As we are on the cusp of summer, the majority of the country is preparing for warmer temperatures that can potentially have adverse effects on the health of our pets.
Of course, some of us live in a climate that tends to be balmy on a year-round basis, like my native Los Angeles. Therefore, we warm-weather dwellers must always consider the health implications that frequent hot and sunny weather has for our pets.
Although May 23rd was National Heat Awareness Day, it's important to stress the need for heat-related pet safety on a year-round basis.
Why are Pets Prone to Heat-Related Illness?
Unlike humans, cats and dogs can’t clear heat in a manner that permits body cooling to a safe level when exposed to indoor or outdoor temperatures above room temperature (68-77 ºF).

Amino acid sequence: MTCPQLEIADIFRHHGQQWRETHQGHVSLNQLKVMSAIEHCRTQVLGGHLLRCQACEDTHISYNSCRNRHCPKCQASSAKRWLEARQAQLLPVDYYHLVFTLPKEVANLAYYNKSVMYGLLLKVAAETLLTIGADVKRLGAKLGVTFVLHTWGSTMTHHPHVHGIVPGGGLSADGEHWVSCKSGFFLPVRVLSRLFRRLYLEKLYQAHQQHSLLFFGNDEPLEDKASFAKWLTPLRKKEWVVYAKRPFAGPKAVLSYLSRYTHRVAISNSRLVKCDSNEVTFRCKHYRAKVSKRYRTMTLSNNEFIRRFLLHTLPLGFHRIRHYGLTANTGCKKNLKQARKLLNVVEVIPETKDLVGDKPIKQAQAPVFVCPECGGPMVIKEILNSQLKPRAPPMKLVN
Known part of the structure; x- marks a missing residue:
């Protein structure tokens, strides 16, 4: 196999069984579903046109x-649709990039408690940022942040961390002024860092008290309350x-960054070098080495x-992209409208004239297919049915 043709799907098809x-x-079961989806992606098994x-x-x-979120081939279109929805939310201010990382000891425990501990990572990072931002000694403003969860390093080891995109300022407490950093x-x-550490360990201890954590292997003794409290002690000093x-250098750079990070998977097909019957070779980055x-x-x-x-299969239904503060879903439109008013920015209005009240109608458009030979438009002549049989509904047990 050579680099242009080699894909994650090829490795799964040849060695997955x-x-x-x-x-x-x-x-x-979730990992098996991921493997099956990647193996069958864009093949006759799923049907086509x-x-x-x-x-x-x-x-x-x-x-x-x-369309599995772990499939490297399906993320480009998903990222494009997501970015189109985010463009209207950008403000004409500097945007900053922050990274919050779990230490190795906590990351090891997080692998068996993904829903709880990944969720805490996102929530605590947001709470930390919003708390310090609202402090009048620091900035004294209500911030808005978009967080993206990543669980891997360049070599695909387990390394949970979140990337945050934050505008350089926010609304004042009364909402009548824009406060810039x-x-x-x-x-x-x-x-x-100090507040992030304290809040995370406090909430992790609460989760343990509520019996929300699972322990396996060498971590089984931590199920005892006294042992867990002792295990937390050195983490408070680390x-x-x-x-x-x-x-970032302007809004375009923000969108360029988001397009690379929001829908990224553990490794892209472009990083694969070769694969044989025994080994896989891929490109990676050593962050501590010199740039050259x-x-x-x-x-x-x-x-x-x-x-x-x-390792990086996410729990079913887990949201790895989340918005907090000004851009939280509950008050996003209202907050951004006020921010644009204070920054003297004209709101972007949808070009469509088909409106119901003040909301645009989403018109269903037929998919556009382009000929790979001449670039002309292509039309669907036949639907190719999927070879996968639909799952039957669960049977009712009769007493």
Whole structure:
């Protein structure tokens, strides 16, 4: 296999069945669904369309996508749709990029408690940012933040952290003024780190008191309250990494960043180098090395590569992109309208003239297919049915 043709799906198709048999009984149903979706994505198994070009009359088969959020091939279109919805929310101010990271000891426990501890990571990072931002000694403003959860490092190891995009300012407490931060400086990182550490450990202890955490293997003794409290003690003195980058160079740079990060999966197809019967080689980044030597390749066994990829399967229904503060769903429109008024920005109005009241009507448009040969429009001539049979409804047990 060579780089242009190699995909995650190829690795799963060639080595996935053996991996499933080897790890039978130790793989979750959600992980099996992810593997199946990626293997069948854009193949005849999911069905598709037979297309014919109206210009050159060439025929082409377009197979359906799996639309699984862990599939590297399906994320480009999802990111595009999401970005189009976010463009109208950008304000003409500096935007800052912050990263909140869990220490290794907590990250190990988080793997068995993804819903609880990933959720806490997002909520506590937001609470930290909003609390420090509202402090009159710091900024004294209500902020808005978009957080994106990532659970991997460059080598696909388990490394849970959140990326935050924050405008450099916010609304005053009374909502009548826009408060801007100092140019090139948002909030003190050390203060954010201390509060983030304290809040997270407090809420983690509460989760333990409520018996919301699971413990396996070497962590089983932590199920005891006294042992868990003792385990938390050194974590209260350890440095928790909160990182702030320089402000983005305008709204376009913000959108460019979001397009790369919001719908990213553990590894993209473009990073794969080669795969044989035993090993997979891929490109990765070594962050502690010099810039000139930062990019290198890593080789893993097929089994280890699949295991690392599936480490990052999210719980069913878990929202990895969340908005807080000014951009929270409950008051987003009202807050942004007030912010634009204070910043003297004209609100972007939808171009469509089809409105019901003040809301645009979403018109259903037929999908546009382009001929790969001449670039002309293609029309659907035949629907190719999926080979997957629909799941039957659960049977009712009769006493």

The respiratory tract is their primary means of losing heat, so pets do so less efficiently than humans, who sweat through less-haired skin surfaces. This is why cats and dogs pant in response to exposure to warmer climates.
Pets lose some heat through their paw pads and skin surface, but not in the broad sense like we humans. Additionally, the hair coat adorning most dogs and cats is thicker and more generally distributed as compared to people. So, heat gets trapped inside pets’ bodies and can lead to hyperthermia (elevated core body temperature).
Brachycephalic (short faced) dog and cat breeds are especially prone to suffering from heat-related illnesses. These breeds and their mixes don’t move air as well through their respiratory tract as their longer-faced (dolichocephalic) counterparts. Juvenile, geriatric, sick, overweight, obese, and mobility-compromised dogs are also more prone to heat-induced health problems.